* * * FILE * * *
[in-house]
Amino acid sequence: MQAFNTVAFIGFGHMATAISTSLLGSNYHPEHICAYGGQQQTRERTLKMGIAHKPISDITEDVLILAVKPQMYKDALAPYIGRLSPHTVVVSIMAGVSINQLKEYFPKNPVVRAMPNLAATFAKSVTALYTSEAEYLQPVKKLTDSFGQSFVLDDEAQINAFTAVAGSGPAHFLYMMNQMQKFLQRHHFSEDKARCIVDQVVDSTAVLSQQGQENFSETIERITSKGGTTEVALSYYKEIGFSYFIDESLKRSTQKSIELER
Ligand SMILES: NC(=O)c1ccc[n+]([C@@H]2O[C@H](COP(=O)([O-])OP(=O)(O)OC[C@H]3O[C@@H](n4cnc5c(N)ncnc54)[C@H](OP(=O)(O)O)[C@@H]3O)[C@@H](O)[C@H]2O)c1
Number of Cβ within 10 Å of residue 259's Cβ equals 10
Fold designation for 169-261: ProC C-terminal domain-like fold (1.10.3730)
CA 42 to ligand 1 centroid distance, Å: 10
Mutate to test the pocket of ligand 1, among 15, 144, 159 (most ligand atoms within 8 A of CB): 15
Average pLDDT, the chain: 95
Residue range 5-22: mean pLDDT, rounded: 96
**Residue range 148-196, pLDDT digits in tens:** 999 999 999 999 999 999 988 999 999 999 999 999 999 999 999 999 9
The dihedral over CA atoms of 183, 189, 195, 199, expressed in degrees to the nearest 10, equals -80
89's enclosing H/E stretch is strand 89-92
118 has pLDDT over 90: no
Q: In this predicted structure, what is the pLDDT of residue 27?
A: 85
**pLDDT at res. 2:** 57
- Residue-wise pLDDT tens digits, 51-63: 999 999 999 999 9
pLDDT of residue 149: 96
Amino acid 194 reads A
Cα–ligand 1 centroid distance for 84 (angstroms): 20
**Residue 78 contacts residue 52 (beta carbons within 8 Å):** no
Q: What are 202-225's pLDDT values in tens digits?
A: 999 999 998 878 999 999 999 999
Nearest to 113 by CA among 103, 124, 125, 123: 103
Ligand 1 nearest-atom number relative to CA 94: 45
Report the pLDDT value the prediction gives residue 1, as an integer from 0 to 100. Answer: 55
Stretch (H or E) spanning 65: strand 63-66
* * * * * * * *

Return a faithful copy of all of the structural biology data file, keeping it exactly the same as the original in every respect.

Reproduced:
[in-house]
Amino acid sequence: MQAFNTVAFIGFGHMATAISTSLLGSNYHPEHICAYGGQQQTRERTLKMGIAHKPISDITEDVLILAVKPQMYKDALAPYIGRLSPHTVVVSIMAGVSINQLKEYFPKNPVVRAMPNLAATFAKSVTALYTSEAEYLQPVKKLTDSFGQSFVLDDEAQINAFTAVAGSGPAHFLYMMNQMQKFLQRHHFSEDKARCIVDQVVDSTAVLSQQGQENFSETIERITSKGGTTEVALSYYKEIGFSYFIDESLKRSTQKSIELER
Ligand SMILES: NC(=O)c1ccc[n+]([C@@H]2O[C@H](COP(=O)([O-])OP(=O)(O)OC[C@H]3O[C@@H](n4cnc5c(N)ncnc54)[C@H](OP(=O)(O)O)[C@@H]3O)[C@@H](O)[C@H]2O)c1
Number of Cβ within 10 Å of residue 259's Cβ equals 10
Fold designation for 169-261: ProC C-terminal domain-like fold (1.10.3730)
CA 42 to ligand 1 centroid distance, Å: 10
Mutate to test the pocket of ligand 1, among 15, 144, 159 (most ligand atoms within 8 A of CB): 15
Average pLDDT, the chain: 95
Residue range 5-22: mean pLDDT, rounded: 96
**Residue range 148-196, pLDDT digits in tens:** 999 999 999 999 999 999 988 999 999 999 999 999 999 999 999 999 9
The dihedral over CA atoms of 183, 189, 195, 199, expressed in degrees to the nearest 10, equals -80
89's enclosing H/E stretch is strand 89-92
118 has pLDDT over 90: no
Q: In this predicted structure, what is the pLDDT of residue 27?
A: 85
**pLDDT at res. 2:** 57
- Residue-wise pLDDT tens digits, 51-63: 999 999 999 999 9
pLDDT of residue 149: 96
Amino acid 194 reads A
Cα–ligand 1 centroid distance for 84 (angstroms): 20
**Residue 78 contacts residue 52 (beta carbons within 8 Å):** no
Q: What are 202-225's pLDDT values in tens digits?
A: 999 999 998 878 999 999 999 999
Nearest to 113 by CA among 103, 124, 125, 123: 103
Ligand 1 nearest-atom number relative to CA 94: 45
Report the pLDDT value the prediction gives residue 1, as an integer from 0 to 100. Answer: 55
Stretch (H or E) spanning 65: strand 63-66